This week I finally caught the new Nick Cave documentary 20,000 Days on Earth. I am a huge Nick Cave fan and – while there should be some speculation as to how accurate or “truthful” this documentary is – it is interesting to see how Cave might be like in real life.
You see I had the chance to meet Nick Cave once. Last summer we went to Osheaga (the big music fest in Montreal) where Cave and his Bad Seeds were, second only to the Replacements, a definite high point.
After the concert, we went back to our hotel and guess what? Nick Cave was staying at the same hotel! And when we went down to the fancy bar for a drink, Nick FREAKING Cave came in and sat down at the bar. Needless to say, my brain was absolutely melting. My wife pressed, repeatedly, for me to go up and say hello.
I recently saw the film Kingsman: The Secret Service, and not only is it such a fun film to watch, but it made me reflect on one of its themes. “Manners maketh man” is coolly stated by Harry Hart, aka Sir Galahad (played by Colin Firth). He makes his point with a bit of “convincing” (as one might if they worked for the Secret Service and fought bad guys) but it’s a message that never goes out of style. I also saw Bill and Ted’s Excellent Adventure, and similarly Bill and Ted declare to their fans, “Be excellent to each other!” (if you haven’t seen it, you simply must. It really is a most excellent adventure).
I found it funny that such different films make the same point- but then I realized that this message is a universal one. Good manners will forever be timeless; we shouldn’t exhibit good manners just because it is expected of us, but because it feels so much better to show control, certainty and maturity. Isn’t it so much nicer to be nice? Ironically, it is in the company of the not-so-nice that I feel this point most especially rings true. I try to think of those encounters as opportunities to practice patience, and wondering what someone else might be going through that triggers such behaviour. However, I don’t believe this means such behavior is acceptable and that one should be a pushover with rudeness. It’s still possible to defend yourself – with class. You’ll feel better for it, and attract like-minded people that appreciate that kind of mentality.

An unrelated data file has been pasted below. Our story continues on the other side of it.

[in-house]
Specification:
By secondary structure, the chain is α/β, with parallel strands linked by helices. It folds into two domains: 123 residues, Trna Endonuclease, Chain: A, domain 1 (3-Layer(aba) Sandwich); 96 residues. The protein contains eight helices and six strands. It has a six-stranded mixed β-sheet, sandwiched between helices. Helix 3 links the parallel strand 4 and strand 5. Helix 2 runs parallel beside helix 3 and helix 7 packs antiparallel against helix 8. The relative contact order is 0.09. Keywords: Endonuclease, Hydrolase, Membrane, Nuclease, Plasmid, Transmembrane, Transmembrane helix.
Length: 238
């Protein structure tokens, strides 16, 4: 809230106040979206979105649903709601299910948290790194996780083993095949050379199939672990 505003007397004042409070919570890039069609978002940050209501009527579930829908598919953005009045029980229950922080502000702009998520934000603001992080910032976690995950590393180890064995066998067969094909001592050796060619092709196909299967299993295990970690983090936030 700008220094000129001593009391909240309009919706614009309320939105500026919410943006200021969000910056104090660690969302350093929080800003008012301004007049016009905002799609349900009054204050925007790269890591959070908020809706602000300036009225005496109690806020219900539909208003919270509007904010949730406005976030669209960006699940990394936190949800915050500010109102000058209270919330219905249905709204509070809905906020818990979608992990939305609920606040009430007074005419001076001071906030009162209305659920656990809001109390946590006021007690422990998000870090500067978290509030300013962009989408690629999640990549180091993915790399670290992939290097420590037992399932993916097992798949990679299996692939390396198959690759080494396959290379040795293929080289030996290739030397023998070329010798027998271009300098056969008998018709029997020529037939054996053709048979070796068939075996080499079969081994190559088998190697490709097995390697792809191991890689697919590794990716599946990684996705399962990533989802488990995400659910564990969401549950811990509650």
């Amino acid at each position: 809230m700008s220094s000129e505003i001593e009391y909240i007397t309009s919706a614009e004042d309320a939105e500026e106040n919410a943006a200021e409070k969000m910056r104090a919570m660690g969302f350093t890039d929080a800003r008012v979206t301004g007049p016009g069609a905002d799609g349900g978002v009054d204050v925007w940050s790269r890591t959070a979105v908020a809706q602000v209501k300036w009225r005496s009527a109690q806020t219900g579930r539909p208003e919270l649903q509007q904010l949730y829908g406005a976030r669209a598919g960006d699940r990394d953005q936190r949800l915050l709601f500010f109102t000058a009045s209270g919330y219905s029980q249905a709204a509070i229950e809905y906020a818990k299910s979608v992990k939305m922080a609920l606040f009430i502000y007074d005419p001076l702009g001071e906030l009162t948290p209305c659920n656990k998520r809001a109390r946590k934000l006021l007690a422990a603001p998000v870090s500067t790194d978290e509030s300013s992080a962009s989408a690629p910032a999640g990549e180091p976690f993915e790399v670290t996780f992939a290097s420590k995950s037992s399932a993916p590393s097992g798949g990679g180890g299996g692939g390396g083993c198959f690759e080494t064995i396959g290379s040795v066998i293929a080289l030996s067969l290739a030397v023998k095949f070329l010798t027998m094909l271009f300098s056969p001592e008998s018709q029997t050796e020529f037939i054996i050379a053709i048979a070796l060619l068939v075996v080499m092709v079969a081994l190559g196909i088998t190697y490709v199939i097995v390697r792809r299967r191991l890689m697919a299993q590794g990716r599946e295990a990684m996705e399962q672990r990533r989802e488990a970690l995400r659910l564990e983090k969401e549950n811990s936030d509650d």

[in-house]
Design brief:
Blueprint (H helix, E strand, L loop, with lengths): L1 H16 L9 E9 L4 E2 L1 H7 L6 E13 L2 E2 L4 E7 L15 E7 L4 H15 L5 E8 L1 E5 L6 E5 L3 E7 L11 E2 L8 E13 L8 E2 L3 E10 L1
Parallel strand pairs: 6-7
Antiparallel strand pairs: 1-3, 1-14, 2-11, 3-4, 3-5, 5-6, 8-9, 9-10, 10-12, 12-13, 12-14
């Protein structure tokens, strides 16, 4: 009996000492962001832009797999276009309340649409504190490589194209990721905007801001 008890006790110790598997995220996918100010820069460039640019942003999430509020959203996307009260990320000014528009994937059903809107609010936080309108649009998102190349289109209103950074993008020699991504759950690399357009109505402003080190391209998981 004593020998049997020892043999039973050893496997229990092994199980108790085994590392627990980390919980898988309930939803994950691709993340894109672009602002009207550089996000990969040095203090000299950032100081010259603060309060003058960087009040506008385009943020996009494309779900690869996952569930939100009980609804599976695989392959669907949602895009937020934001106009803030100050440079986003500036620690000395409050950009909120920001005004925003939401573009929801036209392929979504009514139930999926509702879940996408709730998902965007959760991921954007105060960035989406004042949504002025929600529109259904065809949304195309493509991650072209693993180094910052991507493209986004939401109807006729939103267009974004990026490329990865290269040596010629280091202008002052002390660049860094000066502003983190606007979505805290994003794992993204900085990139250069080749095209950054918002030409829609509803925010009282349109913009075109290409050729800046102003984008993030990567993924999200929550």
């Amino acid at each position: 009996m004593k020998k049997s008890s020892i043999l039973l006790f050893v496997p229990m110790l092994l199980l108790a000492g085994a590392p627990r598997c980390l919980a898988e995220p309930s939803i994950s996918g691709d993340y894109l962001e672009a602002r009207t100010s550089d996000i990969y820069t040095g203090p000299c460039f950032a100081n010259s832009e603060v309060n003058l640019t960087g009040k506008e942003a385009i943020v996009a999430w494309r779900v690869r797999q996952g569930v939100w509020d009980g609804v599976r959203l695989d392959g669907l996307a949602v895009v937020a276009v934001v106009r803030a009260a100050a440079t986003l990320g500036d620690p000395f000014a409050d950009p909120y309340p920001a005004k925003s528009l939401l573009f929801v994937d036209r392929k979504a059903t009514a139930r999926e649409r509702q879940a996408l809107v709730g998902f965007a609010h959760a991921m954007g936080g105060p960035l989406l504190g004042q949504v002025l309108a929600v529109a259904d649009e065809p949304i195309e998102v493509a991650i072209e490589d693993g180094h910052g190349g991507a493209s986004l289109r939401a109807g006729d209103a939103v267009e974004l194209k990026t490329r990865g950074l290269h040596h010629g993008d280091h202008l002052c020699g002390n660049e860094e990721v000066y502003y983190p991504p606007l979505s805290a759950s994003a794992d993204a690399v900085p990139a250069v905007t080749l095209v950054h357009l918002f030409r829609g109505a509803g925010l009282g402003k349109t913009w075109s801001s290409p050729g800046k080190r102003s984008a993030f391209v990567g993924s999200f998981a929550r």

If ever unsure of how to behave in a certain situation, ask yourself: “would it make someone feel badly if I behaved this way?” and then you should have your answer. And if this is a topic that interests you, I would like to suggest some of these books:
No one is perfect, but what counts is the effort we make. In Kingsman, Harry Hart also quotes Ernest Hemingway by saying “There is nothing noble in being superior to your fellow man; true nobility is being superior to your former self”.
Go forth and be excellent to each other!
I’m almost through my prep work for a theatre visit to Furious 7 (the wife is out of town this week so….), the latest in the super successful Fast and Furious movies. Now, I only started this project a couple weeks ago because, up to now I’ve largely avoided the whole movie franchise.
I initially avoided them because of assumptions that these movies are kind of stupid. And they are – I will get to more on that in a second – but I should also say that these movies are totally awesome too. Yes, I am late the party here (and by party I mean that kind of kegger where we all drink a lot of cheap beer and high five each other too much; and maybe giggle at dirty jokes, but not so dirty that we actually offend anyone or worry that there might be kids about) but wow, these movies are fun. Especially Fast Five, considered everywhere to be the series apex. But wow are these movies dumb too.